National Trust, Tintinhull

Image credit: National Trust Images/Paul Mogford

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Tintinhull House is an early seventeenth-century building, with a facade from around 1700, and a staircase and some rooms from later in the century. It was the seat of the Nappers, a branch of the Napiers of Merchiston, near Edinburgh, the first of whom, James, acquired it from Sir William Petre in the time of Henry VII. The estate was sold in 1798, after which the house declined to a farmhouse, but in the twentieth century its owner, Mrs Phyllis Reiss, created a beautiful formal garden around it. In 1954, she gave the house, garden and some of its contents to the National Trust. There are very few paintings: an unusual larger-than-life 'Vase of Flowers with an Owl and a Lapwing' in a black-and-white-tiled room and two seventeenth-century Spanish still lifes which are rich in detail. Its garden became even more celebrated in the hands of its tenant between 1980 and 1993, the internationally-renowned garden designer and author Penelope Hobhouse, who had previously created the garden at Hadspen House.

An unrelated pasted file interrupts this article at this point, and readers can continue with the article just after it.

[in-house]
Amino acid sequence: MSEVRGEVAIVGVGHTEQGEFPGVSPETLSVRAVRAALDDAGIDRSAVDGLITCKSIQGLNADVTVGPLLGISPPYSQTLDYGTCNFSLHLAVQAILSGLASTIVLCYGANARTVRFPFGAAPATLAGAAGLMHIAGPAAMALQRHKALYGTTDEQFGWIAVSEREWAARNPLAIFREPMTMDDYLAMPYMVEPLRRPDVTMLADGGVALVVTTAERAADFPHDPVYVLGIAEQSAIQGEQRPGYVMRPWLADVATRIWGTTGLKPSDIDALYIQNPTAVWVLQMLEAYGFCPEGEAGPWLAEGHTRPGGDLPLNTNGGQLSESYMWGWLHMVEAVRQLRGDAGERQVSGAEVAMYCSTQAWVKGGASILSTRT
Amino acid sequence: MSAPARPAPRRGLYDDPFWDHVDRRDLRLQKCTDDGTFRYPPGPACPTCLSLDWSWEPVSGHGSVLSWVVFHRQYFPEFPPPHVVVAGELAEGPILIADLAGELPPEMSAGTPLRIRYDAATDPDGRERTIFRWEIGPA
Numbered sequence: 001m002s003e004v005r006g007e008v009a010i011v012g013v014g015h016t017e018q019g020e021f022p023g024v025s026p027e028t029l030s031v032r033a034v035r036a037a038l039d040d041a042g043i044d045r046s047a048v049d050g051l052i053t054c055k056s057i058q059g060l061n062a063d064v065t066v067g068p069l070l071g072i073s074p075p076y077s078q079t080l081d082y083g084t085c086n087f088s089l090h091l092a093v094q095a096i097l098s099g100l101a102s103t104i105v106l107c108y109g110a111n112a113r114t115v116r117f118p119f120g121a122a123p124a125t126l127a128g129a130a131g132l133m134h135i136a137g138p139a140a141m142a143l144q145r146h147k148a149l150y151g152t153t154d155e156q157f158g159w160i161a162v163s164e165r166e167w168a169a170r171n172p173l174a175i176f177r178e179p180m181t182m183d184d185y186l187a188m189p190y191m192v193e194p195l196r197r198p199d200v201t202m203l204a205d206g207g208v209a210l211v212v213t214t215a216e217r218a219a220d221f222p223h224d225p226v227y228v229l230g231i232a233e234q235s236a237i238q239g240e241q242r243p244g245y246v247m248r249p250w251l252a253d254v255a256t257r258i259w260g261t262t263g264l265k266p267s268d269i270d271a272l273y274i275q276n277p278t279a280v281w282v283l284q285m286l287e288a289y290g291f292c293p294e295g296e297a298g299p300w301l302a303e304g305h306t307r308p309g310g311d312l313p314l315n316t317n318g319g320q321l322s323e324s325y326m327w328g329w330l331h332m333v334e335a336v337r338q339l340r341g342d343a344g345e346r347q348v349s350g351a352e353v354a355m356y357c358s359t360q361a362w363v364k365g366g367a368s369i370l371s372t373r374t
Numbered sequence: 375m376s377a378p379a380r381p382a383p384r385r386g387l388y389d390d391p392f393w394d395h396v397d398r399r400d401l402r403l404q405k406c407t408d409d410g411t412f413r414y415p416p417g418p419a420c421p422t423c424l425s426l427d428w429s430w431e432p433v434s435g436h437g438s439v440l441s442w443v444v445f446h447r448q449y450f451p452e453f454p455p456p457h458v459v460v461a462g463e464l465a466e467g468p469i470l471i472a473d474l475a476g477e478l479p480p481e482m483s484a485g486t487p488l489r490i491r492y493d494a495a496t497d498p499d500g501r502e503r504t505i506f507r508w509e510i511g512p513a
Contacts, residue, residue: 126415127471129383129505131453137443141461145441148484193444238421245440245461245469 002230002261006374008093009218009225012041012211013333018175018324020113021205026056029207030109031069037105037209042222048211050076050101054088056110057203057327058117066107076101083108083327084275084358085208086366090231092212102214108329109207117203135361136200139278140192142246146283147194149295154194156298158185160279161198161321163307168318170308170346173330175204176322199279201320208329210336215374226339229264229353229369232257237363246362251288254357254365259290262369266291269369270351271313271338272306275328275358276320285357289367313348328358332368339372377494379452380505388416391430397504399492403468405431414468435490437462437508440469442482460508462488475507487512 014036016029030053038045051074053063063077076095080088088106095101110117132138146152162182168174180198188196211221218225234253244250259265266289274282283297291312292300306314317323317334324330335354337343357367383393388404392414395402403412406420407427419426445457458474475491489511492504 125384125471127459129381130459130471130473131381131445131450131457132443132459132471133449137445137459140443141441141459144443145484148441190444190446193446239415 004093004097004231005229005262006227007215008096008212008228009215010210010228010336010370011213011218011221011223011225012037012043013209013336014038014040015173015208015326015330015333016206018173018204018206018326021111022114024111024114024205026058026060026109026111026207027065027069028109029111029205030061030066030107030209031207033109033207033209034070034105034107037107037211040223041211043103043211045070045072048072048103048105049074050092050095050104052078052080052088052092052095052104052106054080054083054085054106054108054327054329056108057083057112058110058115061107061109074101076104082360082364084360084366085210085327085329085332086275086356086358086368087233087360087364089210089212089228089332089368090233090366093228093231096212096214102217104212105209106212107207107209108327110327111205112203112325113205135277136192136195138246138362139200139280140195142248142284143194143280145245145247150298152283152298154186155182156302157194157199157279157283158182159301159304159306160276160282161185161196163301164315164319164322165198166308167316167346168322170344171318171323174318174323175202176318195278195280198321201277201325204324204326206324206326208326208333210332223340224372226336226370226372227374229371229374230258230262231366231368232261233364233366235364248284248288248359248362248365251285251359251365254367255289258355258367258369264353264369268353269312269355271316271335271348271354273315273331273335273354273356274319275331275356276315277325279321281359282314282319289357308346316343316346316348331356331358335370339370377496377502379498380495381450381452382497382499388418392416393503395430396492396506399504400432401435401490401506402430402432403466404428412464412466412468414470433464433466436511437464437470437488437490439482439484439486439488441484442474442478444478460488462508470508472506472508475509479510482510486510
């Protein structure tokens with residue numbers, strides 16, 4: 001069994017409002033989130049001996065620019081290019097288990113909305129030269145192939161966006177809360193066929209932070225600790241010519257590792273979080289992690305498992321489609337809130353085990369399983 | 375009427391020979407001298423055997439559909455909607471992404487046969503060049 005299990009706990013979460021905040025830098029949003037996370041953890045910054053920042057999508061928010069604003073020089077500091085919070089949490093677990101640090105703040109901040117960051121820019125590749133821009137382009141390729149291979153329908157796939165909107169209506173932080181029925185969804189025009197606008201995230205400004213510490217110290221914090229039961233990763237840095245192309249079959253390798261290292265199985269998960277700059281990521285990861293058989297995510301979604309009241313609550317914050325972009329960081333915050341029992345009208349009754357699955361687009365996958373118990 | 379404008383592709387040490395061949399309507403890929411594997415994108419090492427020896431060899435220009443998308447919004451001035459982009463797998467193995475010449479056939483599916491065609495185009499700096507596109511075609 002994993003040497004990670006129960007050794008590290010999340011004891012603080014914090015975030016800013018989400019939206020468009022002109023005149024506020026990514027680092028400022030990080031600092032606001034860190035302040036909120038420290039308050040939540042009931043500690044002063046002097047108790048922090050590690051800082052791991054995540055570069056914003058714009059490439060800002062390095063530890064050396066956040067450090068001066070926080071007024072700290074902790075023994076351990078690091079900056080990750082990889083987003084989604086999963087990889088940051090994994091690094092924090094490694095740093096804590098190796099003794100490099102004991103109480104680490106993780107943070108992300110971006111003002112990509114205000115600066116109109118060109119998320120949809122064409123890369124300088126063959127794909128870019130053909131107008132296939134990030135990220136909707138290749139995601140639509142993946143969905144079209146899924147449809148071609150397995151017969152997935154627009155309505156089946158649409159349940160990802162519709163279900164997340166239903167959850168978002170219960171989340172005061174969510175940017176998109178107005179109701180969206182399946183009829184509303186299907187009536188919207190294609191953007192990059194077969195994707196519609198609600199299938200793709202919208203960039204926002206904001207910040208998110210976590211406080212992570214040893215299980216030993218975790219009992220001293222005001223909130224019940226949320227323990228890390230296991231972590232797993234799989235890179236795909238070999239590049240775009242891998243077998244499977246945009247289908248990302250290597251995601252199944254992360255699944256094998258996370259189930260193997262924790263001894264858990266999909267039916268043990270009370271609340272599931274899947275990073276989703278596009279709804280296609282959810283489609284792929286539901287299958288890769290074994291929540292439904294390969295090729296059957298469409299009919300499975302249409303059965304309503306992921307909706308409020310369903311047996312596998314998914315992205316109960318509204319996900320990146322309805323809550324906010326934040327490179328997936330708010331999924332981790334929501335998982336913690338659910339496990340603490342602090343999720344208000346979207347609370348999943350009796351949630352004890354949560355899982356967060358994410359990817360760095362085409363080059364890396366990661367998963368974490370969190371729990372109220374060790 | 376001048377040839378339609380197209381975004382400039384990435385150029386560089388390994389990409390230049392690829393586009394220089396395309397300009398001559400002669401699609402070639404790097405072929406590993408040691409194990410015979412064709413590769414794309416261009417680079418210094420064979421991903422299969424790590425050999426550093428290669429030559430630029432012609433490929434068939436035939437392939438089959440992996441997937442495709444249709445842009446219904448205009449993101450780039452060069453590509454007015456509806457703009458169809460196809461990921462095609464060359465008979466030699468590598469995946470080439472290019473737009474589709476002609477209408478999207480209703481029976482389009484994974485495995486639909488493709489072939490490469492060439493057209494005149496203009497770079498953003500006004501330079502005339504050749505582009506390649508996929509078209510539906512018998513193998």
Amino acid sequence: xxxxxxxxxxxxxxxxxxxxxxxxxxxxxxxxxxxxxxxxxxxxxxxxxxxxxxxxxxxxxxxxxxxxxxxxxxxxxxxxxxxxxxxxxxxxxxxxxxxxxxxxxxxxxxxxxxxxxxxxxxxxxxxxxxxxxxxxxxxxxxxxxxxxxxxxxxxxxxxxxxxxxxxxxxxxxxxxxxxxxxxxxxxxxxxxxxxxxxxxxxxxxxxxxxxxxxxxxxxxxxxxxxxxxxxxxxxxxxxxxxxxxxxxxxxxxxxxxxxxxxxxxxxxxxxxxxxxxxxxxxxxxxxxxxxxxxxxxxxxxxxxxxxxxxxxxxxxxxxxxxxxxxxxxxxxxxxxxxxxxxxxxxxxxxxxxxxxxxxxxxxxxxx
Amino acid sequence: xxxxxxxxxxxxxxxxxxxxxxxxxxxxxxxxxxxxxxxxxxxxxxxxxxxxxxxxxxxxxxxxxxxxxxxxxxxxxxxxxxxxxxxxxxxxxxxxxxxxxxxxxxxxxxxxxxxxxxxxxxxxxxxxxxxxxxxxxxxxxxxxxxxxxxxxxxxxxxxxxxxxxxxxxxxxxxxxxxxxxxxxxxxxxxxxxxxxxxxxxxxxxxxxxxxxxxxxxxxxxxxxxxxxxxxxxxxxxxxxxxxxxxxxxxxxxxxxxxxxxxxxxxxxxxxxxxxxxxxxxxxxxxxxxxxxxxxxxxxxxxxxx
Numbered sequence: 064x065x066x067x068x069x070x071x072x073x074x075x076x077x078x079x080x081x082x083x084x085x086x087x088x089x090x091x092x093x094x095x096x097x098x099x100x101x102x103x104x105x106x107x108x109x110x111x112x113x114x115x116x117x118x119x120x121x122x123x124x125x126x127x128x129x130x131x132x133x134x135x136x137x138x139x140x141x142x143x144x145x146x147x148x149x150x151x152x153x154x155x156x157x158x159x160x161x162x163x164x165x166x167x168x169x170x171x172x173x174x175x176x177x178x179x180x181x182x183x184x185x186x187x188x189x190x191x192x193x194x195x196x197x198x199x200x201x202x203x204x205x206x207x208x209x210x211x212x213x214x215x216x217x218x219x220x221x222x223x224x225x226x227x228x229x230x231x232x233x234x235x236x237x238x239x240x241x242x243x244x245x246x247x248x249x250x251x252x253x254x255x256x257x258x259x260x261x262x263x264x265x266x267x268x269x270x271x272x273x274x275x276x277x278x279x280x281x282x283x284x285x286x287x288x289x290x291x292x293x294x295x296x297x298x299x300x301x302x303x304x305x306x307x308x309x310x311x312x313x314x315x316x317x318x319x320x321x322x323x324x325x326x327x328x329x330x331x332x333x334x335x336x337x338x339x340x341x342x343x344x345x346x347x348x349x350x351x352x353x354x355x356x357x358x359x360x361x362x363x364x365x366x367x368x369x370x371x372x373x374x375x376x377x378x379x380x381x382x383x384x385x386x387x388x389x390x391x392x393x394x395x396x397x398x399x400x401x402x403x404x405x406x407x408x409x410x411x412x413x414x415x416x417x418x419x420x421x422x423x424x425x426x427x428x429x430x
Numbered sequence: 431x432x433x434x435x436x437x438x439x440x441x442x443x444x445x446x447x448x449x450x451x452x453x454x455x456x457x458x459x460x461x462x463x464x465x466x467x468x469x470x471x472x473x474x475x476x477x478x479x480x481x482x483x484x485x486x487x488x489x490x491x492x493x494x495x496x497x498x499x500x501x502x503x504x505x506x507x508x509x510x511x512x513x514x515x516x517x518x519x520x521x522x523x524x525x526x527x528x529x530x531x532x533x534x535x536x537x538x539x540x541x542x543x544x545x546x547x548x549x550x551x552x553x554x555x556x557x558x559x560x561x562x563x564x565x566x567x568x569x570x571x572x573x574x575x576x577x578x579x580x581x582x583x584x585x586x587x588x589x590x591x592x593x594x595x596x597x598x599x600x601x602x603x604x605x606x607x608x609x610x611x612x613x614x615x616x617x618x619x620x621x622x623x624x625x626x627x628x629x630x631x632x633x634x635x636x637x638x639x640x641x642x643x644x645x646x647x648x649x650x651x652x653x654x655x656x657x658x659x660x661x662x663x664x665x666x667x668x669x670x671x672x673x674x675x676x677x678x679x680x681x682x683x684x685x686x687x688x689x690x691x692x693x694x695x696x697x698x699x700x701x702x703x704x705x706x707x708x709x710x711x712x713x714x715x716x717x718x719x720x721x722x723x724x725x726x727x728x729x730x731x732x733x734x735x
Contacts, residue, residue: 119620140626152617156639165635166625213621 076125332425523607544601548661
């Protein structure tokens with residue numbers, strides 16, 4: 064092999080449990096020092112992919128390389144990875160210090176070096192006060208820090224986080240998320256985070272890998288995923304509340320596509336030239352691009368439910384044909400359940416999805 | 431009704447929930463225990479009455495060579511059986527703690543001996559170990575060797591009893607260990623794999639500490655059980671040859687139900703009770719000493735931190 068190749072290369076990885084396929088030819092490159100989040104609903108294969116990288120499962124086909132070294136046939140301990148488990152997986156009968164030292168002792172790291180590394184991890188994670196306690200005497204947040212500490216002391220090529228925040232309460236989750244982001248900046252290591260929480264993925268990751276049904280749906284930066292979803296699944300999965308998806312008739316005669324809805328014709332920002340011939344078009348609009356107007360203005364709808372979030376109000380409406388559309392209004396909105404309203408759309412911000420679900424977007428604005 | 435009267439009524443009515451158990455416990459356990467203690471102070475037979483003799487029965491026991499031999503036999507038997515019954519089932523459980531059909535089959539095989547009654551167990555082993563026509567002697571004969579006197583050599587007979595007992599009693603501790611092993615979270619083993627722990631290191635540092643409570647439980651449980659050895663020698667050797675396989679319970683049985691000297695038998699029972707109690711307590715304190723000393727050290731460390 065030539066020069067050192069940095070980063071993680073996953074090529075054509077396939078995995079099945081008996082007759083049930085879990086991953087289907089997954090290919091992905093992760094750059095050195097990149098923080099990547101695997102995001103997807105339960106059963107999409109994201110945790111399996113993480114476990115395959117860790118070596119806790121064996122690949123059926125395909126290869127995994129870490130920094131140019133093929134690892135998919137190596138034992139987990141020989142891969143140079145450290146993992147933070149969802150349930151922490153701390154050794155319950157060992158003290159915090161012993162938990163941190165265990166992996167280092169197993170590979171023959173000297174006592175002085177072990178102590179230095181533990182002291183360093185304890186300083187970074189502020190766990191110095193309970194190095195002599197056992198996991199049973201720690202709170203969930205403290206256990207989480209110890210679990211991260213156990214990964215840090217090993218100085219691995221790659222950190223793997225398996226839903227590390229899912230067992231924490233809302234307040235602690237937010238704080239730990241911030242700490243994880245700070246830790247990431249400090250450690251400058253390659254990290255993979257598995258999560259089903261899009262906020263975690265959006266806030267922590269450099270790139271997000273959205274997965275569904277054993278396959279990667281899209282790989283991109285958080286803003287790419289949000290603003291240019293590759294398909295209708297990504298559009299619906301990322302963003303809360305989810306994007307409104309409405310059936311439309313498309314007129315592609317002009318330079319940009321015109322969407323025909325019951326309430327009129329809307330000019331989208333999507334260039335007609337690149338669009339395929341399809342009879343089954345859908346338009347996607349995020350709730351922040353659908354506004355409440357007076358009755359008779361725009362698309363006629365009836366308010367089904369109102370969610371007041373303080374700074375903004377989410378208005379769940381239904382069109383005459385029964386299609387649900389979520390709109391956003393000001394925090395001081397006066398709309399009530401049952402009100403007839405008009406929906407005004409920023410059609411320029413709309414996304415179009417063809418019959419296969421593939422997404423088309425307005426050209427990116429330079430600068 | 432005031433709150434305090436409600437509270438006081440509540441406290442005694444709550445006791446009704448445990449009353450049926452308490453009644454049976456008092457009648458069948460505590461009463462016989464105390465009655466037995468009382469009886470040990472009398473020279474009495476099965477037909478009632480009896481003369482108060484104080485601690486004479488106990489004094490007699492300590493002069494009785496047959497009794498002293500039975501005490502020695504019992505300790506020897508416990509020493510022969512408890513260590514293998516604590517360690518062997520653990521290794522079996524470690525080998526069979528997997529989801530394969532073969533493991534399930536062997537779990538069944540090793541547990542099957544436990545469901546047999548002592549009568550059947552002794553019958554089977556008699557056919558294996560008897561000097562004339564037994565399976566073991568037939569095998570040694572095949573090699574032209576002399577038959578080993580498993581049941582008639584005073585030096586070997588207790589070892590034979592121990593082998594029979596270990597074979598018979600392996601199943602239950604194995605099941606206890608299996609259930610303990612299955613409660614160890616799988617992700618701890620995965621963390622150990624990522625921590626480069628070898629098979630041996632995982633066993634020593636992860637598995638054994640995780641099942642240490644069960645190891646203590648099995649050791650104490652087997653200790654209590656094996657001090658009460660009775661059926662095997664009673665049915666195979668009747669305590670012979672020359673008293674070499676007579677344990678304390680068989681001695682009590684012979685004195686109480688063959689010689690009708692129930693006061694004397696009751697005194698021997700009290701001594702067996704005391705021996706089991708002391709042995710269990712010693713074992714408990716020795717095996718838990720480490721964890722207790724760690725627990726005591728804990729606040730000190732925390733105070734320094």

Farm Street, Tintinhull, Yeovil, Somerset BA22 8PZ England

01935 823289

For opening times of the garden please see our website. The house is not open to the public, please go to for further information.